Cesar Yoc, who lives in the Section 9 Millbrook Houses and serves on Bronx Community Board 1, said his development isn’t in the best shape.

“The grounds are terrible,” he said. “Trash everywhere, trash cans overflowing, some rodents. There are issues in operations, too. People have put in tickets to fix the door, or something needs repainting or they’re worried about mold, and nothing is done.”

However, he sees no longevity to the improvements that RAD offers.

“It’s just not the answer,” he said. “It keeps the building up to date, but doesn’t move it forward to the future. Five years later, everything could be falling apart. You have to get things ready for the next 50 to 100 years, and RAD cannot do that.”

Yoc also fears a lack of accountability in RAD for repairs and maintenance.

In 2016, the Ocean Bay (Bayside) Apartments in Queens were the first NYCHA development to be converted to RAD. In a Feb. 2020 interview with The City, Ocean Bay resident Ashanti Bethea said, “The new guys [Wavecrest] came in and gave us new ceilings, wood floors, new tubs, toilets and radiators. But while that was nice, we’ve had more heating issues than before.”

Yoc said there’s no consistency in RAD, either. In one development, residents might be satisfied with the living arrangements and private management company, but in another it might be the exact opposite.

“One building might be good, but a thousand can be bad,” he said.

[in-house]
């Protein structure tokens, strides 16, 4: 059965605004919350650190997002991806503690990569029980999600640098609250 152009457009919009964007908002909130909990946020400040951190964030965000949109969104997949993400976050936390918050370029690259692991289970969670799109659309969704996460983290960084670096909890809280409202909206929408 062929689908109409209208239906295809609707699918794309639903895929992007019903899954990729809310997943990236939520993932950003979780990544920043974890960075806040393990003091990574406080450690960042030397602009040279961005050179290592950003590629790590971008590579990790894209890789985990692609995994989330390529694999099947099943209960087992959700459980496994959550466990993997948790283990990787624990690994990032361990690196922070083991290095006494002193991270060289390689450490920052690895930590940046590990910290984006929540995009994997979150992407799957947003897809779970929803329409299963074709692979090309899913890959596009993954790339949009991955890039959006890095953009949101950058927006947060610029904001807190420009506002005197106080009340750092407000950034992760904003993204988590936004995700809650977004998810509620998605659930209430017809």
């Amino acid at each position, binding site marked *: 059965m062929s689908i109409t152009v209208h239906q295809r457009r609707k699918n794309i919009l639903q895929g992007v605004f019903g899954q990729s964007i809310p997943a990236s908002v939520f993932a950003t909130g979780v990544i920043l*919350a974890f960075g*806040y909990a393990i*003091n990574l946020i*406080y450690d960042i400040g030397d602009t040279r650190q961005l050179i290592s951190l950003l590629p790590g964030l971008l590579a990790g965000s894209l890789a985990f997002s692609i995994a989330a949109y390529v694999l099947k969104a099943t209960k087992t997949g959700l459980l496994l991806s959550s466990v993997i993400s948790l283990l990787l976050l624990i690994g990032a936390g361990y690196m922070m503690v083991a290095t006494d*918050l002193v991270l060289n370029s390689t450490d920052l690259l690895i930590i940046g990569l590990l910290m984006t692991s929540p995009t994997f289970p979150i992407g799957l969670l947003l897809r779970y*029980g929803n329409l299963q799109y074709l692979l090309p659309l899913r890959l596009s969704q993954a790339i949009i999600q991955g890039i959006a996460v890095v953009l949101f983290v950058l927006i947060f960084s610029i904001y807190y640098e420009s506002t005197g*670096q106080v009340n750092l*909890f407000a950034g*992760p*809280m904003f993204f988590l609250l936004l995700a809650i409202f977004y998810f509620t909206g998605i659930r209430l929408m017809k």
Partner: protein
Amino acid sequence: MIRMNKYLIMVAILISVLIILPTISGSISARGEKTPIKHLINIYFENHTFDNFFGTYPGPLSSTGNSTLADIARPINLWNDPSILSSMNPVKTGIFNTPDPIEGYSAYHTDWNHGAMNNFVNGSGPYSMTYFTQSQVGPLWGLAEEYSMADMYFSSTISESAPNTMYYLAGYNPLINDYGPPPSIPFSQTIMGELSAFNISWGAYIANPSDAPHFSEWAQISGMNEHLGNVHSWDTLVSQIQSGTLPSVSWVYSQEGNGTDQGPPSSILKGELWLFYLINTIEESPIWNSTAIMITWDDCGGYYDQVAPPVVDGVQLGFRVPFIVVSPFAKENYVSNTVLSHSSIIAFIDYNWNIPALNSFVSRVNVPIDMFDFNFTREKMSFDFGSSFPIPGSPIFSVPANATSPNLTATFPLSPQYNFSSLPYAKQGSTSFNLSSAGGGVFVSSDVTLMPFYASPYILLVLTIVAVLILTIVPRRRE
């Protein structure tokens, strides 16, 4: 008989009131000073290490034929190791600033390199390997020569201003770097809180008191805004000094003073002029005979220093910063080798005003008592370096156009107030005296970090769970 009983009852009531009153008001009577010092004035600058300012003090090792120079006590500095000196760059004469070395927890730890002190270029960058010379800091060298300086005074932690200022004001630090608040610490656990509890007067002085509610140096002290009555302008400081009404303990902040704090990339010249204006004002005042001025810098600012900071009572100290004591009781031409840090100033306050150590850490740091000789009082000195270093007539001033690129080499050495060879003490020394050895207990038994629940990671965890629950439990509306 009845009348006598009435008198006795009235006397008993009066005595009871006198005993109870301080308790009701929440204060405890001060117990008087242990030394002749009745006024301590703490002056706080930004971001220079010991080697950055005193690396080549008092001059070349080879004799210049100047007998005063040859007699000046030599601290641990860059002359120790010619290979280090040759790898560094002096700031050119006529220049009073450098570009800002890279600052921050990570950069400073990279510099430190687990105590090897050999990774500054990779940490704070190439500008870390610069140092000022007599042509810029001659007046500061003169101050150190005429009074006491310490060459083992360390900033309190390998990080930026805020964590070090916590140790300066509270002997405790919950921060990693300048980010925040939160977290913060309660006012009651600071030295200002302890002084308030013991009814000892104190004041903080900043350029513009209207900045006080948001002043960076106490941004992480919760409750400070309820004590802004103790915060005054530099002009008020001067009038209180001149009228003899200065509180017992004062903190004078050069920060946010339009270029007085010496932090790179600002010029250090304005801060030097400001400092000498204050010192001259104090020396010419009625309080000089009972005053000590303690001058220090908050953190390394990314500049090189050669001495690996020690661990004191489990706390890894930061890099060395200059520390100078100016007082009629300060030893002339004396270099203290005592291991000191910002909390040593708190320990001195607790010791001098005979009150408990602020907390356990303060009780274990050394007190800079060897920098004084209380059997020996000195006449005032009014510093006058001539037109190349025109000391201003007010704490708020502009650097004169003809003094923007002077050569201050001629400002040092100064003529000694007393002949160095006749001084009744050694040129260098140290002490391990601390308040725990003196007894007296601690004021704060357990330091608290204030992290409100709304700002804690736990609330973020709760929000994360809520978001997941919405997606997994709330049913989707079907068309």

Under RAD’s Section 8 housing, residents are much more vulnerable to eviction, Barber said.

“What we see is Ocean Bay, the model of the RAD-PACT conversions of NYCHA. They have one of the highest eviction rates in the city,” he said.

According to eviction data collected by the city Department of Investigation and first published by City Limits, over a 26 month period from 2017 to 2019, 80 households were evicted at Ocean Bay (Bayside) Apartments. The next highest development, Brownsville (Brooklyn), had 39 evictions.

Other solutions
Jasmin Sanchez lives in Baruch Houses in Manhattan. She said there are alternatives to fixing public housing in the city.

“NYCHA likes to say the only way to save public housing is to enter into public-private partnerships, which is a false narrative,” she said.

Two proposed bills in the state Legislature come to mind when she pictures alternative funding for NYCHA, both from state Sen. Julia Salazar, who represents part of Brooklyn.

The first is Salazar’s tax the rich bill. It would create a new tax structure for New Yorkers who make at least $1 million per year. The second bill relates to mezzanine taxes. Salazar is proposing an expansion of the state’s mortgage recording tax to capture a percentage of the billions of untaxed dollars real estate investors use to bankroll their property acquisitions. In both bills, the extra money collected would go toward NYCHA capital improvements.

At the federal level, Sanchez said she supports Alexandria Ocasio-Cortez and Bernie Sanders’s proposed Green New Deal, which would create jobs by contracting public housing residents to work on green improvements in their own buildings. Ocasio-Cortez’s district includes the eastern part of the Bronx.

“The Green New Deal is the only bill that calls for an investment in people,” Sanchez said. “No other bill cares about that.”

This story was updated on Mar. 22 to correct an error. NYCHA’s Baychester/Murphy Houses are managed by C + C Apartment Management. The development team is MBD Community Housing Corporation/L+M Development Partners/ Camber Property Group.

About Post Author